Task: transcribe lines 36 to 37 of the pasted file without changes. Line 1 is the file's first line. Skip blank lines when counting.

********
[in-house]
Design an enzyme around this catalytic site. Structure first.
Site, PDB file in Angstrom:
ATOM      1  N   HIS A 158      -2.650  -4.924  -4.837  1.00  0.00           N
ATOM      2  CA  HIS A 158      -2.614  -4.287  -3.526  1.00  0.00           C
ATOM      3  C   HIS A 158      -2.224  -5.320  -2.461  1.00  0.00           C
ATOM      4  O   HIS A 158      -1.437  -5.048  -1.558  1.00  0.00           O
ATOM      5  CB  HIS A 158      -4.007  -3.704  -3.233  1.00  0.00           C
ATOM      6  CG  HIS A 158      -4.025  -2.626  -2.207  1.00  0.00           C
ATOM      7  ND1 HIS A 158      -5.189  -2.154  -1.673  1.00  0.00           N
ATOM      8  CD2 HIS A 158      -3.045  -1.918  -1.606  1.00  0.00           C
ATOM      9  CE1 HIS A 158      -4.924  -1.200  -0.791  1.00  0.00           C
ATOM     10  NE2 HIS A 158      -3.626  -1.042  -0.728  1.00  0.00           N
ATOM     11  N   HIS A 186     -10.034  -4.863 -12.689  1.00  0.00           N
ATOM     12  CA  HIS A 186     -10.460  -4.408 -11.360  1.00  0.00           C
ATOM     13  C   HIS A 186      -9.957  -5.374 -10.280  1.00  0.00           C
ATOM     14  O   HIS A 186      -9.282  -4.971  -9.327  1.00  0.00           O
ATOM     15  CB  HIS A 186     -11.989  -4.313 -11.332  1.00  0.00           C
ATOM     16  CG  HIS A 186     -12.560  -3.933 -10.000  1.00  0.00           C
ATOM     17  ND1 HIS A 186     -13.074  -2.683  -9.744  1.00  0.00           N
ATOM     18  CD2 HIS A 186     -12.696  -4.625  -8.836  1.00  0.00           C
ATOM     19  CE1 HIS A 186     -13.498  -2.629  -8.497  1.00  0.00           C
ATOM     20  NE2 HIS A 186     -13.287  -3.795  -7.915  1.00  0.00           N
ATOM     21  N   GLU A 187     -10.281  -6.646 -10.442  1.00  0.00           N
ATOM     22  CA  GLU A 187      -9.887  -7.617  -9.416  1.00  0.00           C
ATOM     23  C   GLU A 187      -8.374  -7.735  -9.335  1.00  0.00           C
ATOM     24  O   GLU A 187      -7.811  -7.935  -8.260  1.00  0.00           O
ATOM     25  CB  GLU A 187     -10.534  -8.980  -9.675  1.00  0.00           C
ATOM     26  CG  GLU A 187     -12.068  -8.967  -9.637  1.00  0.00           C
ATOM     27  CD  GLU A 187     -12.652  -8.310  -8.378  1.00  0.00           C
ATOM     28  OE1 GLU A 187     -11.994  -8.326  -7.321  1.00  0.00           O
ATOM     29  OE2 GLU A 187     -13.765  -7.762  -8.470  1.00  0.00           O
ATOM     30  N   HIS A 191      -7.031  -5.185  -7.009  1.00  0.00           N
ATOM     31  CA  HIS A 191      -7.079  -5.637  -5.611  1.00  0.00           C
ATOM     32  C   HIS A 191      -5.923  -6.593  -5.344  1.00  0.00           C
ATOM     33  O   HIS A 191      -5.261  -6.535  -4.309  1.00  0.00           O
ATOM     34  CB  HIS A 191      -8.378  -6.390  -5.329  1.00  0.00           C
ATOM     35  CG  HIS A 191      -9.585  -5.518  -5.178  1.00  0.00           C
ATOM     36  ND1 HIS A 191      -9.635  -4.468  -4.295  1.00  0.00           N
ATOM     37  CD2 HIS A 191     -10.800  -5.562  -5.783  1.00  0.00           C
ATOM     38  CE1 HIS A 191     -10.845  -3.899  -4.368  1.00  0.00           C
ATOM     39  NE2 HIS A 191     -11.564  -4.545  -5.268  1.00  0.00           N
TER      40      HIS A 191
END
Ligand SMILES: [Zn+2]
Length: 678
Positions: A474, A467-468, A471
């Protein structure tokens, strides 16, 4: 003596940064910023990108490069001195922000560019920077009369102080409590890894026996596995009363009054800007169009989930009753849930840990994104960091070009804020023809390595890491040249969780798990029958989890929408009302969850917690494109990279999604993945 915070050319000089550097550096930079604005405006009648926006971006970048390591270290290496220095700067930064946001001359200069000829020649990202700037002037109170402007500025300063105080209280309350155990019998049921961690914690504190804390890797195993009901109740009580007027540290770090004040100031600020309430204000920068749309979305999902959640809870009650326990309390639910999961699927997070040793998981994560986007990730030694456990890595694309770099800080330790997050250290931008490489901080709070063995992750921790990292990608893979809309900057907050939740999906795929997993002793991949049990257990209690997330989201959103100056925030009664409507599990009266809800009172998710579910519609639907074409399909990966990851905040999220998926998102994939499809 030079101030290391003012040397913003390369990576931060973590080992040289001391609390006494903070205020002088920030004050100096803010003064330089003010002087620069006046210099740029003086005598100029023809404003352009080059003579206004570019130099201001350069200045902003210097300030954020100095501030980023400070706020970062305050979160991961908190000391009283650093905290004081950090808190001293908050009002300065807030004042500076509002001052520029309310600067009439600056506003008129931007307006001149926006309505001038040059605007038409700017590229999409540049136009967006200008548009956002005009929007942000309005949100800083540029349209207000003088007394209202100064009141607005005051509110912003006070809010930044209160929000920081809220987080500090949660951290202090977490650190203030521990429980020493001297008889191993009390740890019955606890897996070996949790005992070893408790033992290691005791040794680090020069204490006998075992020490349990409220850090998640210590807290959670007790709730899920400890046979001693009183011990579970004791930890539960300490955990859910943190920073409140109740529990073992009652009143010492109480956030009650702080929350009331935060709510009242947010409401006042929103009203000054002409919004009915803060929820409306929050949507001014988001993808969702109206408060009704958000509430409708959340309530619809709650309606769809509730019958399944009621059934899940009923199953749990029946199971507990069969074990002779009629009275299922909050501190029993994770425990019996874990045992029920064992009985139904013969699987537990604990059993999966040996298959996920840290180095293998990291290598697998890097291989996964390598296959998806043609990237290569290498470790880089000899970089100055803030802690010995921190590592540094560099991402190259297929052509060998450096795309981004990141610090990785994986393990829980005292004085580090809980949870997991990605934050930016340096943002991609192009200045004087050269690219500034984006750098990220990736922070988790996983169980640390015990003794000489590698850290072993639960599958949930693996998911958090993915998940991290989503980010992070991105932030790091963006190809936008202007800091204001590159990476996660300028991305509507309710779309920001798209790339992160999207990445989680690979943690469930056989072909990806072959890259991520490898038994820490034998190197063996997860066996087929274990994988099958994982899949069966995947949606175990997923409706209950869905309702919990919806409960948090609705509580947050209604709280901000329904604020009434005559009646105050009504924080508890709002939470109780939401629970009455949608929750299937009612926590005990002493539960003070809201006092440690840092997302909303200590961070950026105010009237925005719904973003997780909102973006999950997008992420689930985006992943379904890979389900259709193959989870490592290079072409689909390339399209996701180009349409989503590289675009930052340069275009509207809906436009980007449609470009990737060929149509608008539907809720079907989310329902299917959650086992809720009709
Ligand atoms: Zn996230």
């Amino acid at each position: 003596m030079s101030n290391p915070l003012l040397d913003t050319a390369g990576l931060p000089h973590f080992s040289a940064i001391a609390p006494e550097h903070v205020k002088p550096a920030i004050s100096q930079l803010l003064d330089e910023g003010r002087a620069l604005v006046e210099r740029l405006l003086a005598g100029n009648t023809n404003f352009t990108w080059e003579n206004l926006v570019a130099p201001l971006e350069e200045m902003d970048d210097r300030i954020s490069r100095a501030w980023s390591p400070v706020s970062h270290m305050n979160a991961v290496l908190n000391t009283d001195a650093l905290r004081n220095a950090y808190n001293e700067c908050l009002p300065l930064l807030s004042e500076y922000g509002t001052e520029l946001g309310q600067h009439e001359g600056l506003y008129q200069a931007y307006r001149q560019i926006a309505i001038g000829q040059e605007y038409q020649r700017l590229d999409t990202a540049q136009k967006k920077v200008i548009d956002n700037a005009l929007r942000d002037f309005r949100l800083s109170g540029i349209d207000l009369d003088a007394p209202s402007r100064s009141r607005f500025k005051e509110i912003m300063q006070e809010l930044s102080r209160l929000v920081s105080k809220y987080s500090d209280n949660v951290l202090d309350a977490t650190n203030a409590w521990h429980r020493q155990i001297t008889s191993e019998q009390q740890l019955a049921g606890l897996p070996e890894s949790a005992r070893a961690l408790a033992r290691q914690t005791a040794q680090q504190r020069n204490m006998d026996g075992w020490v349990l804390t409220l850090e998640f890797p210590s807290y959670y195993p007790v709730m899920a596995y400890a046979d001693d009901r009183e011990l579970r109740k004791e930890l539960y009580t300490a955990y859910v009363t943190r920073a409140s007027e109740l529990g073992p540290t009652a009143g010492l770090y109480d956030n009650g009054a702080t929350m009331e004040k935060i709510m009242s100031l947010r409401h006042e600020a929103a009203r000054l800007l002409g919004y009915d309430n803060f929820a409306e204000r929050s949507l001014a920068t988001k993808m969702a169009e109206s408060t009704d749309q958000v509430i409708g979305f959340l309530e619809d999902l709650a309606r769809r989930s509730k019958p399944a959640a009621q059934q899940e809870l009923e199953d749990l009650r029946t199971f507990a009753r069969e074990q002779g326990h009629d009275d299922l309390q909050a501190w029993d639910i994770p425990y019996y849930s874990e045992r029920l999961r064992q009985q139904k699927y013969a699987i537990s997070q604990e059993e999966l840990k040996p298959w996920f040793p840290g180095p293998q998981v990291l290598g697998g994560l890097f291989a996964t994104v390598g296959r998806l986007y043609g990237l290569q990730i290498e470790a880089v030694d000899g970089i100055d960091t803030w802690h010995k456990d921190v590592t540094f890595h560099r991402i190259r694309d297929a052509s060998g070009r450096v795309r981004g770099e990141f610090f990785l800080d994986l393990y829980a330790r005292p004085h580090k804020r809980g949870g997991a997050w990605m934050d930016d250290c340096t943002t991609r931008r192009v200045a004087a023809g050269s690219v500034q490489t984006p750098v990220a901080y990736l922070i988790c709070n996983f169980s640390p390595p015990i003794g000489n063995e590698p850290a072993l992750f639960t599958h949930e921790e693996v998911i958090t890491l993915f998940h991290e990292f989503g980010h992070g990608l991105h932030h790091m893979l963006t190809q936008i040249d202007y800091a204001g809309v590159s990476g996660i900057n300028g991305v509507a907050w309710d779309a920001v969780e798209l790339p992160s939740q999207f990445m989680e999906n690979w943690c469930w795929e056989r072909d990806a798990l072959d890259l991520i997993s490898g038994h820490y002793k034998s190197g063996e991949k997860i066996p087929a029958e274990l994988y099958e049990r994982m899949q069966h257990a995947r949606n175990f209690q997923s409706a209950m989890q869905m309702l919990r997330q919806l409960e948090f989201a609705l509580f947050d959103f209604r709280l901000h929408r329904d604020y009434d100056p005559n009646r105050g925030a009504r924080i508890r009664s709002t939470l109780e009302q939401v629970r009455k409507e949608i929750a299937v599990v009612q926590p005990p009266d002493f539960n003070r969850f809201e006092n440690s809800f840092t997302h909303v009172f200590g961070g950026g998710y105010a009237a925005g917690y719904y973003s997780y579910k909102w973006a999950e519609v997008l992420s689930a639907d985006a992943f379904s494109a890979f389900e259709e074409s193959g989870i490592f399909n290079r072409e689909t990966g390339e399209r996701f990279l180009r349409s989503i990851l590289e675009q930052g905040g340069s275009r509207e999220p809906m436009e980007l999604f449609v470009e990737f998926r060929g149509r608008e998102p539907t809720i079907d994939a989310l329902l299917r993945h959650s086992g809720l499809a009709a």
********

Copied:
ATOM     33  O   HIS A 191      -5.261  -6.535  -4.309  1.00  0.00           O
ATOM     34  CB  HIS A 191      -8.378  -6.390  -5.329  1.00  0.00           C